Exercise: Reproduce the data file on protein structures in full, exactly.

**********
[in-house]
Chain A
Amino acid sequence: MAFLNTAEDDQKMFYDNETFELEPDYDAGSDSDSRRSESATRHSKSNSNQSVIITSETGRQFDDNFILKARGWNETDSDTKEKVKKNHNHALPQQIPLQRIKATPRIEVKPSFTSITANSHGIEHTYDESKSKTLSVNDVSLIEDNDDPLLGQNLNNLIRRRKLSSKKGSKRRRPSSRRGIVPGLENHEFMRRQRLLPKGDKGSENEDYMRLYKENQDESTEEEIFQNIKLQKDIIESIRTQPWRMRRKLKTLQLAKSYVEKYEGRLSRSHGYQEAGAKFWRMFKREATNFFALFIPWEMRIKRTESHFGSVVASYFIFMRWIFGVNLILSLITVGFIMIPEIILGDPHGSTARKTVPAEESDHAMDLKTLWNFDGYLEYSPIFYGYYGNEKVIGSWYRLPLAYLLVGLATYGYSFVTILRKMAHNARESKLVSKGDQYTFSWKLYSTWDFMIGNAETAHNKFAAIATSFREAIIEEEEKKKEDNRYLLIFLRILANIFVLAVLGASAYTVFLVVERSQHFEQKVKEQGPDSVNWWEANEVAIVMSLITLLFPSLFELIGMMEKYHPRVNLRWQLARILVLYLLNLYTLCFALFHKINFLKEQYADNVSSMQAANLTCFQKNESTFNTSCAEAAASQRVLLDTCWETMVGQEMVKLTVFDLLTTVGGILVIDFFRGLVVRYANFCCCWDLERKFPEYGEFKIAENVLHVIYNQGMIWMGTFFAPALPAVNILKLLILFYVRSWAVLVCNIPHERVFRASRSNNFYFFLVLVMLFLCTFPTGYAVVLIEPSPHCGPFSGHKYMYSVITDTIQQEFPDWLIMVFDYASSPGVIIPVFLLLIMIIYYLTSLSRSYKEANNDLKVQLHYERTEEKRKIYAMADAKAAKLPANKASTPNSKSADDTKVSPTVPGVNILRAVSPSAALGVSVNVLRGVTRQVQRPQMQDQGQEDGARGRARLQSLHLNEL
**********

[in-house]
Chain A
Amino acid sequence: MAFLNTAEDDQKMFYDNETFELEPDYDAGSDSDSRRSESATRHSKSNSNQSVIITSETGRQFDDNFILKARGWNETDSDTKEKVKKNHNHALPQQIPLQRIKATPRIEVKPSFTSITANSHGIEHTYDESKSKTLSVNDVSLIEDNDDPLLGQNLNNLIRRRKLSSKKGSKRRRPSSRRGIVPGLENHEFMRRQRLLPKGDKGSENEDYMRLYKENQDESTEEEIFQNIKLQKDIIESIRTQPWRMRRKLKTLQLAKSYVEKYEGRLSRSHGYQEAGAKFWRMFKREATNFFALFIPWEMRIKRTESHFGSVVASYFIFMRWIFGVNLILSLITVGFIMIPEIILGDPHGSTARKTVPAEESDHAMDLKTLWNFDGYLEYSPIFYGYYGNEKVIGSWYRLPLAYLLVGLATYGYSFVTILRKMAHNARESKLVSKGDQYTFSWKLYSTWDFMIGNAETAHNKFAAIATSFREAIIEEEEKKKEDNRYLLIFLRILANIFVLAVLGASAYTVFLVVERSQHFEQKVKEQGPDSVNWWEANEVAIVMSLITLLFPSLFELIGMMEKYHPRVNLRWQLARILVLYLLNLYTLCFALFHKINFLKEQYADNVSSMQAANLTCFQKNESTFNTSCAEAAASQRVLLDTCWETMVGQEMVKLTVFDLLTTVGGILVIDFFRGLVVRYANFCCCWDLERKFPEYGEFKIAENVLHVIYNQGMIWMGTFFAPALPAVNILKLLILFYVRSWAVLVCNIPHERVFRASRSNNFYFFLVLVMLFLCTFPTGYAVVLIEPSPHCGPFSGHKYMYSVITDTIQQEFPDWLIMVFDYASSPGVIIPVFLLLIMIIYYLTSLSRSYKEANNDLKVQLHYERTEEKRKIYAMADAKAAKLPANKASTPNSKSADDTKVSPTVPGVNILRAVSPSAALGVSVNVLRGVTRQVQRPQMQDQGQEDGARGRARLQSLHLNEL